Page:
Our View: Back and Striving to Be Better than Ever

Our View
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It’s good to be back.

As we’ve reported in The Signal over the past 10 days, your community newspaper is under new local ownership and editorial management.

Yes, it’s a big change — but we’re also very familiar with this community and its newspaper, and these changes represent a homecoming for us. We’re proud to bring The Signal under family ownership and we’re excited to experience that feeling of “family” with the community we love.

We’ve been humbled and honored by the positive community reaction to these changes at the helm of The Signal, and we’re making a solemn pledge to live up to your positive reactions in the days, months and years ahead, by making The Signal a valuable, integral and lasting part of the Santa Clarita Valley community.

How? We’ll elaborate as we go, but for starters, here are a few key core principles and beliefs that will steer our efforts at The Mighty Signal as we head into the newspaper’s 100th year:

Community First: You may have a love-hate relationship with your community newspaper. And you know what? That’s common. But even when you think we’ve misstepped, or if you think our editorial opinions are all wet, please know that we see it as our mission to put the best interests of the Santa Clarita Valley first, in all that we do.

Local, Local, Local: We will of course carry summaries of regional and national news, but when it comes to the allocation of our own newsroom resources, our No. 1 priority is local news and information. It’s also our No. 2 priority. And our No. 3 priority. You get the idea.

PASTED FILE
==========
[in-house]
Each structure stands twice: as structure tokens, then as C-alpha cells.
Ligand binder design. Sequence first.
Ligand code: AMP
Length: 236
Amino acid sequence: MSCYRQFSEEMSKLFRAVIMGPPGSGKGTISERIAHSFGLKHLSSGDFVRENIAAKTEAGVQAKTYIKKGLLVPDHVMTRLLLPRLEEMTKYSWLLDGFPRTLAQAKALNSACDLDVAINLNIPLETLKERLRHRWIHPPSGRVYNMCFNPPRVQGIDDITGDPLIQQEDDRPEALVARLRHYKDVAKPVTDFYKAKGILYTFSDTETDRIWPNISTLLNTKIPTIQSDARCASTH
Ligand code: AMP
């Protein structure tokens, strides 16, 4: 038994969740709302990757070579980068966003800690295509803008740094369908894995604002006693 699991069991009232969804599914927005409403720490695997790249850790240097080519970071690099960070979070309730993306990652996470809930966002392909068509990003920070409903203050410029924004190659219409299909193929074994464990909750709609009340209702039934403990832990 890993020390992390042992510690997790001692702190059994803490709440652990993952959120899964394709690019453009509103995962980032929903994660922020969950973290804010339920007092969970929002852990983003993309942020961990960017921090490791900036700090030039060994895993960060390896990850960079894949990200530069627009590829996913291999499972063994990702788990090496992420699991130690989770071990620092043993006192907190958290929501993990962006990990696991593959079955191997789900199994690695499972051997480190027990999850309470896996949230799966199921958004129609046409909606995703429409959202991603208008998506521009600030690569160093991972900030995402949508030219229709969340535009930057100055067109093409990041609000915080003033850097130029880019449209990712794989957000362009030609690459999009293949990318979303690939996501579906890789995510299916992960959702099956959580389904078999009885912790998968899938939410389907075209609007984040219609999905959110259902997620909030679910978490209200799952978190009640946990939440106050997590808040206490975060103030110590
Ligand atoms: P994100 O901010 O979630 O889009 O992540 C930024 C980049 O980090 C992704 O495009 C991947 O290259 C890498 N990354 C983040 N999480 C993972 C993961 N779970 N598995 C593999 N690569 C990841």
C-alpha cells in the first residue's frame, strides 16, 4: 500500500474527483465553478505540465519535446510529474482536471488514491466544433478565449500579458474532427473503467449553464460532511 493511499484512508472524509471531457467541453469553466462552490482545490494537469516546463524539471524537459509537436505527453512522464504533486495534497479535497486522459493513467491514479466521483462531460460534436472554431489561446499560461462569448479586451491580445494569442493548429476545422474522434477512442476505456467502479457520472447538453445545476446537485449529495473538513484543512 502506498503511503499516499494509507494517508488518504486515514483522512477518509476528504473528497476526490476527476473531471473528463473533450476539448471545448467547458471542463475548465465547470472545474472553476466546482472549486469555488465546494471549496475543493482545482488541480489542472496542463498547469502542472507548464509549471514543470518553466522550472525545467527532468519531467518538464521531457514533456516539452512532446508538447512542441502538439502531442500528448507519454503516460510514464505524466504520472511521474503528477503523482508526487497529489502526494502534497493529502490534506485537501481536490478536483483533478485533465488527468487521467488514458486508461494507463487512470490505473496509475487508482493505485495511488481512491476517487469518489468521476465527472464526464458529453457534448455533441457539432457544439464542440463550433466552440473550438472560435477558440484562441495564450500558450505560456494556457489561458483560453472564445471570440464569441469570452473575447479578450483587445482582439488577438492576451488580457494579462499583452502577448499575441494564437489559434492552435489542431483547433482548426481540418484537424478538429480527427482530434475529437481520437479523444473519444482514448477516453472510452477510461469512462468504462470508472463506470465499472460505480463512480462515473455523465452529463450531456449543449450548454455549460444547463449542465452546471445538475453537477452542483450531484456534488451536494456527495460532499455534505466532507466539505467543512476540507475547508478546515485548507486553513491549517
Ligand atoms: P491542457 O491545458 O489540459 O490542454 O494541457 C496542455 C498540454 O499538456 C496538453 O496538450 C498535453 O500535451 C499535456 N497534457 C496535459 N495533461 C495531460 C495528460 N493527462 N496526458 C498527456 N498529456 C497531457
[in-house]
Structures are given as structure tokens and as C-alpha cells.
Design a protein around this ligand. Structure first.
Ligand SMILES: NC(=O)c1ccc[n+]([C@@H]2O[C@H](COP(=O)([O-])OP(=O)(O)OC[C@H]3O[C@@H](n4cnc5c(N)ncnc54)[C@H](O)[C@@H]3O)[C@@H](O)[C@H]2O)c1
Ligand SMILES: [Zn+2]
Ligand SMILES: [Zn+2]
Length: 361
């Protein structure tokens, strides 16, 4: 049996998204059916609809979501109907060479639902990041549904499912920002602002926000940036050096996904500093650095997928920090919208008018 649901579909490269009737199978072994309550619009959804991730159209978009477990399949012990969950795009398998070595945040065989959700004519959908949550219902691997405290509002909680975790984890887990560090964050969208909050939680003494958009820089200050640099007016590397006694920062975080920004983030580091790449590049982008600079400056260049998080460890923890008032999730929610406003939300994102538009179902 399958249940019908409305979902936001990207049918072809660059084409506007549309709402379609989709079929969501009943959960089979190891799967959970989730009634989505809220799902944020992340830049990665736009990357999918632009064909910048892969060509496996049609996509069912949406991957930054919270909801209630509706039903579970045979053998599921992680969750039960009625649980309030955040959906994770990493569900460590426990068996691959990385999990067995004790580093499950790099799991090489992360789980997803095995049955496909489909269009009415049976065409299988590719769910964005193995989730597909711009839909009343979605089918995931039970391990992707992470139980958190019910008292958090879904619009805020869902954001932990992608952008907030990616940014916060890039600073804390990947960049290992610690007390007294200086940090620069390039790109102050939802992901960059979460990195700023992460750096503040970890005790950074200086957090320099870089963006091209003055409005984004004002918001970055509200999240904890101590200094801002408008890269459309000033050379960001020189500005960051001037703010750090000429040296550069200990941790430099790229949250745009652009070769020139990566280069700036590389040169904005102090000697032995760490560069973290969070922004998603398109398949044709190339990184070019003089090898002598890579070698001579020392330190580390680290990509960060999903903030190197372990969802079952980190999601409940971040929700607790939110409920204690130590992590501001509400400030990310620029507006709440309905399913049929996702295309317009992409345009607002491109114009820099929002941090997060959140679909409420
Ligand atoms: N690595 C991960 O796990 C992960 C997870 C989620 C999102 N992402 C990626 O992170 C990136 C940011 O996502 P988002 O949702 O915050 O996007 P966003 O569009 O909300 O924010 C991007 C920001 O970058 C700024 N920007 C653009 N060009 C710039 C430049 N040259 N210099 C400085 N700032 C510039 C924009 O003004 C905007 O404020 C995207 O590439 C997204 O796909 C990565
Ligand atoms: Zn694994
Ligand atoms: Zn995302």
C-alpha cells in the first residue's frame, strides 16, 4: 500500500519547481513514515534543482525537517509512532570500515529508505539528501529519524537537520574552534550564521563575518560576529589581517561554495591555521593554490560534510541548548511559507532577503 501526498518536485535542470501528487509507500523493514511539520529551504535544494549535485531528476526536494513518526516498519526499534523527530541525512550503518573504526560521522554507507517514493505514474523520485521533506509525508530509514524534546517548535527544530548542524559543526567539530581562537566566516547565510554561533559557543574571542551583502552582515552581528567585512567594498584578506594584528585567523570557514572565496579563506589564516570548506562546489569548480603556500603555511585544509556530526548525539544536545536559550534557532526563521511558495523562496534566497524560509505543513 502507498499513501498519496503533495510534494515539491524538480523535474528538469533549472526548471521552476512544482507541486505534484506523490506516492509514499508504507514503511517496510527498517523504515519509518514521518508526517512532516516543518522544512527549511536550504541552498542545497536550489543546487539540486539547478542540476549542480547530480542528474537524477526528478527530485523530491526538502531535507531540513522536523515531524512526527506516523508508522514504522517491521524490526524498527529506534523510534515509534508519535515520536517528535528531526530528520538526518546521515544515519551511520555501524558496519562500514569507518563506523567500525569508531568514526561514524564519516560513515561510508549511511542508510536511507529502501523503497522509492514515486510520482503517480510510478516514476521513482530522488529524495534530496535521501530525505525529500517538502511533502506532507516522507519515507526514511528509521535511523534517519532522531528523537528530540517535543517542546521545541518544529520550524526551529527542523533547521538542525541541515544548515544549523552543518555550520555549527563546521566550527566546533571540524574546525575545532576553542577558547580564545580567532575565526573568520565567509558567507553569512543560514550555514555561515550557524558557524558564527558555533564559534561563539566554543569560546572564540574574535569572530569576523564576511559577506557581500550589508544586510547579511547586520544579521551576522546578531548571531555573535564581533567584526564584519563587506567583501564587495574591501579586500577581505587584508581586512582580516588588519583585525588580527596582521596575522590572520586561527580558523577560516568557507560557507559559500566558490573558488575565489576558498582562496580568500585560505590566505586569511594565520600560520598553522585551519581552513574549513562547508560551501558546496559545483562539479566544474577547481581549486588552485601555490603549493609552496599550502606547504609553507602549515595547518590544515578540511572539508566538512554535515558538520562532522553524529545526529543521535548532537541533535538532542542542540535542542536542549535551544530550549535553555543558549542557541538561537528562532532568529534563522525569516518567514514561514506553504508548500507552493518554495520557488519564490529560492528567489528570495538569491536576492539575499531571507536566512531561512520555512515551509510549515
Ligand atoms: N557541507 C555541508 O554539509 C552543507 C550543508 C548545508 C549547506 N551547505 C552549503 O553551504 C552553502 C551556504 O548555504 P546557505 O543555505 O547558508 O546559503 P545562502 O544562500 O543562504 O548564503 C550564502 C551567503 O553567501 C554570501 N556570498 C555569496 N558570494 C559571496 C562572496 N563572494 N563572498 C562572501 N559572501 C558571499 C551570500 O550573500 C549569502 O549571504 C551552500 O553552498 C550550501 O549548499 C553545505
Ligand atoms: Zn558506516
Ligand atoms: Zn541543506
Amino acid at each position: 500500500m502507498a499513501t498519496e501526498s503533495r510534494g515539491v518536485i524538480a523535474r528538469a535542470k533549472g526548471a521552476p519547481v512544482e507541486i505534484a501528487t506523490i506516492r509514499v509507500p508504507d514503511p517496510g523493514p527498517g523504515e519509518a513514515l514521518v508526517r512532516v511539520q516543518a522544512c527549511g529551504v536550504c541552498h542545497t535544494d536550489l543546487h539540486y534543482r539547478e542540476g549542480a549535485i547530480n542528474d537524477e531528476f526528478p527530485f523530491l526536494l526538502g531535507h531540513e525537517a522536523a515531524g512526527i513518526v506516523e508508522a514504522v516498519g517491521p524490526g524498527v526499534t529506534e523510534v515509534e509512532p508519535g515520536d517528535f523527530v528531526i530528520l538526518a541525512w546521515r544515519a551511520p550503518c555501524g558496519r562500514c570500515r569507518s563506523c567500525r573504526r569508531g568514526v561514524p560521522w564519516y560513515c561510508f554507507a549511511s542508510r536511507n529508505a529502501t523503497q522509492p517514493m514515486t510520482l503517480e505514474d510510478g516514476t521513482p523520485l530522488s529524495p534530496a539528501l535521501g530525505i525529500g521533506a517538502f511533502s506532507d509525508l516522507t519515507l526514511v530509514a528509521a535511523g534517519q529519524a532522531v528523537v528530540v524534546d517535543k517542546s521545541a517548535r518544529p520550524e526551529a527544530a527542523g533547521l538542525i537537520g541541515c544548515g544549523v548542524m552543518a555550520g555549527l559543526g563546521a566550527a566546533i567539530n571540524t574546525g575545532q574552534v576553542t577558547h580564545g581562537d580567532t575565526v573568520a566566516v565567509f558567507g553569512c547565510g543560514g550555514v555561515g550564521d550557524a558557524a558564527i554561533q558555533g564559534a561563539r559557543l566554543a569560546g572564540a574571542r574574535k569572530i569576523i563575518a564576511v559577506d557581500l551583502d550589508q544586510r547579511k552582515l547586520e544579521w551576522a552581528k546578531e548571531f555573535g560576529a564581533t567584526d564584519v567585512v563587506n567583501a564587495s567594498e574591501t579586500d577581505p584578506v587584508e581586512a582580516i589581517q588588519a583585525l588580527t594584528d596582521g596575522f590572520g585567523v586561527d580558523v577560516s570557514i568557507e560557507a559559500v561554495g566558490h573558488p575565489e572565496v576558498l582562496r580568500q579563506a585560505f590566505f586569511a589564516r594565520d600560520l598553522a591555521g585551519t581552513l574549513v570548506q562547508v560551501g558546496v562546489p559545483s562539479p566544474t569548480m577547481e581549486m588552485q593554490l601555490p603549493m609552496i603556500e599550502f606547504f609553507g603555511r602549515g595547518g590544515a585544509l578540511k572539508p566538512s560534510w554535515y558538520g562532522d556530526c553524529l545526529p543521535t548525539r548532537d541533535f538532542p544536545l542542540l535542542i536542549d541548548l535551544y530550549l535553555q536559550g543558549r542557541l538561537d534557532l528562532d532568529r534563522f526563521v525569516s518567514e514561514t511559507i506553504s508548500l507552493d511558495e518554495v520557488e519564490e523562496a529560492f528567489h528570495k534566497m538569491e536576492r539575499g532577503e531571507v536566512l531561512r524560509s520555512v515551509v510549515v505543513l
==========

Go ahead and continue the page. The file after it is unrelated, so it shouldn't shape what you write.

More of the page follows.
News Pages Are for News: Too much of today’s “news” in American media is actually social activism masquerading as news. Activism has its place. So does news. But they are not the same thing. There is no place for a writer’s personal opinion in news stories, and we consider it a solemn responsibility to ensure that our news coverage shoots straight. This does not mean we will shy away from tough stories. It simply means we will approach them, always, with fairness in mind. No witch hunts.

Opinion Pages Are for Opinions: Our firm belief in the sanctity of news does not, however, mean you will not find opinions in The Signal. This newspaper has a long tradition of an open-door policy when it comes to our opinion sections, and here you will find the most diverse array of opinions, letters and commentaries that we can assemble. And, if you believe the opinion pages are leaning too far to the left, or too far to the right, or too far in any other direction, we encourage you to act: Send us a letter to the editor, or a guest commentary. So long as it meets basic standards for readability, taste and accuracy, we’ll publish it.

Our Opinion Will Always Be Labeled: As it always has, The Signal’s official stance on local issues will be labeled as an editorial from The Signal, just like this one is. We will not inject our personal views into the news coverage, but if you want to know what our opinions are, you can see them right here. We consider it to be a big part of our responsibility to provide leadership, to share what we believe will help our community continue to thrive. If you disagree with us, please, see the above note about letters to the editor. Healthy disagreement and discussion of issues is, to be honest, half the fun of newspapering.

Accuracy: We’re on a mission to be downright nitpicky about accuracy. We’re of course cognizant of the media’s reputation for playing fast and loose with facts, and we’re going to do our level best to push that reputation in the proper direction. Of course, we’re human. So are the journalists who produce the content for our newspaper and website. We’ll all make mistakes. When we do make mistakes, we will correct them. Accuracy remains the most important factor in a media outlet’s credibility, and this one is no exception.

Again, we thank everyone who has wished us well on this new adventure. It has truly been humbling to receive such a warm welcome. We’re committed to building upon those sentiments, and making you proud to call The Signal your community’s newspaper.

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